Good Day all,
As I read my post from 6 months ago, I can still feel the disappointment and sadness I felt while writing it. This time, I am happy to say that I passed my PE in the same depth (Construction). It was an exhausting couple of months leading up-to the test, but I took everyone's advice and changed the way I studied. For everyone who passed, I am happy for you. But I also feel for the people who did not pass. I wish you the best, and I am certain with the right approach, you guys will nail it next time! Here are some "lessons learned" type of points I would like to provide:
1. My significant other always said - "you'd retain so much if you just studied in the morning". As I prepared for my first attempt, it was winter, and I had the hardest time getting up early to study. So I did all my studying in the evenings, after dinner, with a belly full of food, lethargic as ever. Needless to say my attention span was poor. In addition, the evenings always had SOMETHING come up, like a friend inviting us over for dinner, or wanting to catch a movie, etc. My suggestion is, wake up early, study, and get it out of the way. I studied every morning, and if I didn't have anything else going on, would study another hour in the evenings. I DID NOT study on Fridays and Saturdays, except for the 9 days leading up to the test.
2. I did not start studying on a rigid schedule until August of this year of the October test. I felt like I needed to take a mental break and collect myself before jumping back in.
3. I took SoPE. It definitely gave me resources, and gave me a structure to follow in my preparations. However, here are some warnings about SoPE or any other review courses for that matter:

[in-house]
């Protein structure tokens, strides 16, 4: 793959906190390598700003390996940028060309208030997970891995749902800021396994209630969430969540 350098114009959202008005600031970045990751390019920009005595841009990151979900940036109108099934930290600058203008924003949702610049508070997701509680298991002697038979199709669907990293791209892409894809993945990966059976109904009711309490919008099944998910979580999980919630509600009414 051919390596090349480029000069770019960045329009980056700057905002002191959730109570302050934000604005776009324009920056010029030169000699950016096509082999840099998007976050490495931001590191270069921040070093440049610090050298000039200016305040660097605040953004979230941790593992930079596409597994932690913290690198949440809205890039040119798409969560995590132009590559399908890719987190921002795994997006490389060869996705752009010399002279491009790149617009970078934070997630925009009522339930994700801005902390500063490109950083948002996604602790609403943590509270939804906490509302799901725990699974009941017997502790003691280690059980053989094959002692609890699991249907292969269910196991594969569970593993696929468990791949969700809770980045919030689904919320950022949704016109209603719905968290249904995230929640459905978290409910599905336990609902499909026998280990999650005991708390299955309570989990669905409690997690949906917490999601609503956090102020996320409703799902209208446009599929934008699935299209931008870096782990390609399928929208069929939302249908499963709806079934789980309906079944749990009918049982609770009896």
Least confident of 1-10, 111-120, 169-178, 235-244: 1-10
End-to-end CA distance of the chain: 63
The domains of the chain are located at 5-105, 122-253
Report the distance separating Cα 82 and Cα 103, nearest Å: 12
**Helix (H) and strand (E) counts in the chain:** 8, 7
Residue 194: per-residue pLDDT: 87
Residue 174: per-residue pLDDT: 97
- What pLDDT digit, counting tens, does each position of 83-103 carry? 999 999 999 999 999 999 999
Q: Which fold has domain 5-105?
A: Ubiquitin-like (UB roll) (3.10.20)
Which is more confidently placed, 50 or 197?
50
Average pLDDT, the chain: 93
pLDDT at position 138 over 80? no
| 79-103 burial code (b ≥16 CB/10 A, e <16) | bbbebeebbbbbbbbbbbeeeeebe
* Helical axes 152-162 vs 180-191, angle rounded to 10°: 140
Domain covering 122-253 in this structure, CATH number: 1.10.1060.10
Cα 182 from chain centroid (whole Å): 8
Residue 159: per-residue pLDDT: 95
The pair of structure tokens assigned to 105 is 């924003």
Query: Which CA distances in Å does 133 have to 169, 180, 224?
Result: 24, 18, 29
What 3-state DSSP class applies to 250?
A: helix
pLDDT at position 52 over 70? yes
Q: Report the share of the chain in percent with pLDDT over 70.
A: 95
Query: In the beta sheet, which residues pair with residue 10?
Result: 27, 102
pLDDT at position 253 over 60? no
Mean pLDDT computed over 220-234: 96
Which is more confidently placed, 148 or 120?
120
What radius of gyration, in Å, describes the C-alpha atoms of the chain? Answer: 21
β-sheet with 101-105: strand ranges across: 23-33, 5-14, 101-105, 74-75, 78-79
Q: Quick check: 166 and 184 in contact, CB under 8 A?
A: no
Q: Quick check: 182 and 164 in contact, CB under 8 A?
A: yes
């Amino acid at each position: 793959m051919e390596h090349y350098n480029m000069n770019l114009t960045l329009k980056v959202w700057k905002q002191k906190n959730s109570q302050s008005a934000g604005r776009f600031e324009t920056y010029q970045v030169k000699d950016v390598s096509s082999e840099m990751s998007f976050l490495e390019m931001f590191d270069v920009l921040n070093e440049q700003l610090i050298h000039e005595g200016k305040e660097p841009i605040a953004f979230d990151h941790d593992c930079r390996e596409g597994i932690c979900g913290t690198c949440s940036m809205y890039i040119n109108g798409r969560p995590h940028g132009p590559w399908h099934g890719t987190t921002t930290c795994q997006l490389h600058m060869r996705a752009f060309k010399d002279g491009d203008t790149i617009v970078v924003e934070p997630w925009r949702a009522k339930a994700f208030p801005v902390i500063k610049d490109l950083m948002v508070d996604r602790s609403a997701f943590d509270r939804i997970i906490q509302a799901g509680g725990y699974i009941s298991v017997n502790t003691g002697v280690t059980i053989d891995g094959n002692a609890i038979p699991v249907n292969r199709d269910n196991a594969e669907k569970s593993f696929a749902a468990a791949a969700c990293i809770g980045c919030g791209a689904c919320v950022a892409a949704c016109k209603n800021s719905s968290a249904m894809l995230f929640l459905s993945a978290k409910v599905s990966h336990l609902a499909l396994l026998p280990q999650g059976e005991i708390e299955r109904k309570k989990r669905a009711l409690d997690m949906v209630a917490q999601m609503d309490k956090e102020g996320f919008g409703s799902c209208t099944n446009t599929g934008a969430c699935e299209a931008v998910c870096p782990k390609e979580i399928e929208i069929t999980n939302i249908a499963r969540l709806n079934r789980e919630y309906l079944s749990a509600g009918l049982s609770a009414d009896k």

a. If you are doing the on-demand version, make sure you understand that these videos are geared towards the previous exam. Specifications might be different for your upcoming test. I made the mistake of relying on the old on-demand videos, and unluckily, the exam specifications changed from October '17 to April '18 (I was watching videos geared for the October 2017 test takers). This caused me to not have any material/knowledge of the new specifications (besides what I could find in the CERM). It was completely my fault, I take the blame.
b. Watching videos are deceiving - you think you are "learning" by watching videos, and feel good about it. However, it is very easy to be distracted while the videos are playing. Make sure you sit down and read your notes, and practice the problems without following the problems being solved on the video. This is just not good. I did not do this, but can see someone easily being sucked into thinking they are solving problems and gaining knowledge.
c. In my second attempt, I DID NOT WATCH A SINGLE SoPE VIDEO. I printed out the update notes, and just studied it at my own pace, without any videos.